Kate Alexander | Vaccine mandates are not a panacea

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Vaccine sites in areas with bigger populations in Johannesburg are smaller than in more affluent area, writes the author, which could play a role in way people aren't vaccinating.
Vaccine sites in areas with bigger populations in Johannesburg are smaller than in more affluent area, writes the author, which could play a role in way people aren't vaccinating.
Gallo Images/Papi Morake

Kate Alexander writes that mandatory vaccination, while important, is not a solution to the Covid-19 pandemic, and says we need to consider other measures that must be taken.

Echoing the general line of big business, the Sunday Times demanded: "Enforce jabs, not lockdown..

Superficially, this is an attractive proposition that could protect jobs and mental wellbeing, as well as lives. However, closer scrutiny shows while mandatory vaccination can assist in reducing the risk of infection, at least in certain environments, it is not a panacea, and over-simplification could be dangerous.

The principal problem we face is a generally low level of vaccination.

About 43% of the world's population, children as well as adults, is now fully vaccinated. The figure for South Africa is only 24%. The contrast cannot be explained by the country's poverty.

Some countries with a lower GDP/capita have a higher rate of vaccination. These include, for example, Vietnam and India, with, respectively, about 51 and 32% of their populations fully vaccinated. The figure for upper middle-income countries, which includes South Africa, is 65%.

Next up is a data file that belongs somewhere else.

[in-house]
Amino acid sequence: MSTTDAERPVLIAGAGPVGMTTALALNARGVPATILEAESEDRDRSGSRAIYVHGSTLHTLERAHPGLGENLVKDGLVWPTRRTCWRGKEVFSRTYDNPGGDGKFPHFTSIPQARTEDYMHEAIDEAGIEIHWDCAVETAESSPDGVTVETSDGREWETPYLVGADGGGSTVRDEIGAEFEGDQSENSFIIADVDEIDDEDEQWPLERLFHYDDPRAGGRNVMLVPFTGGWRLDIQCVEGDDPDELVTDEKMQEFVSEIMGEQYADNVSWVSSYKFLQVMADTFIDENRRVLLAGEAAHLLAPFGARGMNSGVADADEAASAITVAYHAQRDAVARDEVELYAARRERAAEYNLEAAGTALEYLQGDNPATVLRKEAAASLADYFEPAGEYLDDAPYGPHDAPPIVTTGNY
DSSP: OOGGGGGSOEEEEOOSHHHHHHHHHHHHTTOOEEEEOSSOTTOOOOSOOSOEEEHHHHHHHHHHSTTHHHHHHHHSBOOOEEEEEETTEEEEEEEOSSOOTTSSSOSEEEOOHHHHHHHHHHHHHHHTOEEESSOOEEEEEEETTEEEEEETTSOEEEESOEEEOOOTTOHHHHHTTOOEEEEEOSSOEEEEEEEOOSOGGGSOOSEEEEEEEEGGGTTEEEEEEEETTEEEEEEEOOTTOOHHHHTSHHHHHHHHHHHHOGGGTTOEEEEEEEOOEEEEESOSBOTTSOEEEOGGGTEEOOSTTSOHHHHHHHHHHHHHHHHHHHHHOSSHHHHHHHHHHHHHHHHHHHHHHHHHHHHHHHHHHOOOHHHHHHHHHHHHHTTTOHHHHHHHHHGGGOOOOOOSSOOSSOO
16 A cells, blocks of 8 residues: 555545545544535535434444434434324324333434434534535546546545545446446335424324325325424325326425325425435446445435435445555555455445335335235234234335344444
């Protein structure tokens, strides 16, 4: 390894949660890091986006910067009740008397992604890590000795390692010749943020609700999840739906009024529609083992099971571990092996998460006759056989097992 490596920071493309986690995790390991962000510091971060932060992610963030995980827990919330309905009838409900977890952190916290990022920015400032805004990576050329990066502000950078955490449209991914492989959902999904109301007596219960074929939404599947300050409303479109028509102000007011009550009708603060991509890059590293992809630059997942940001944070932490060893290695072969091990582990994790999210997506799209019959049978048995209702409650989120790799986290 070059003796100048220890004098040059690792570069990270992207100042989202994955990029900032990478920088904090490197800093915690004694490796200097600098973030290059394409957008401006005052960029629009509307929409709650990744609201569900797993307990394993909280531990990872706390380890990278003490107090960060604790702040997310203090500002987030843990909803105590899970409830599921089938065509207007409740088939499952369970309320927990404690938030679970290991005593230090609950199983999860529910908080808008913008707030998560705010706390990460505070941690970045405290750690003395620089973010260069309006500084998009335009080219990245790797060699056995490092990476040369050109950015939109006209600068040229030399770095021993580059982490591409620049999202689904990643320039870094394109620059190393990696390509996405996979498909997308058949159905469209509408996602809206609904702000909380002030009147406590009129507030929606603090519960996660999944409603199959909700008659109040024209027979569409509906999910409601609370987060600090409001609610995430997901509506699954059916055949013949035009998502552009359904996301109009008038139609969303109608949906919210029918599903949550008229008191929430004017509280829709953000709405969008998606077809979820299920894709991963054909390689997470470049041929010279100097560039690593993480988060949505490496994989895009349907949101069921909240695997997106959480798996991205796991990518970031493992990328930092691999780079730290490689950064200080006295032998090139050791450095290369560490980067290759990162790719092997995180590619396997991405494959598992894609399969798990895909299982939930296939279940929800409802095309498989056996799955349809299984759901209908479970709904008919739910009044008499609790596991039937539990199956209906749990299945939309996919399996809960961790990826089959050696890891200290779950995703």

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Vaccination reduces the chance of infection, especially serious infection, decreases transmission and limits the creation of new variants. The level also affects whether mandatory vaccination will be acceptable, not only in a formal sense, but also whether there is sufficient consensus to dismiss workers, exclude students and bar people from food shops.

So why is the level of vaccination so low?

Even among adults, we have only reached 36% fully vaccinated and 42% partially vaccinated. Widespread hesitancy, linked with social media, are easy answers for politicians. They are part of the problem, but not the main part. They do not explain why vaccination rates are so much higher elsewhere. Moreover, the fourth round of the UJ/HSRC Covid Democracy survey showed groups that were least accepting of vaccination, including whites and people with medical aid, were also most likely to be vaccinated.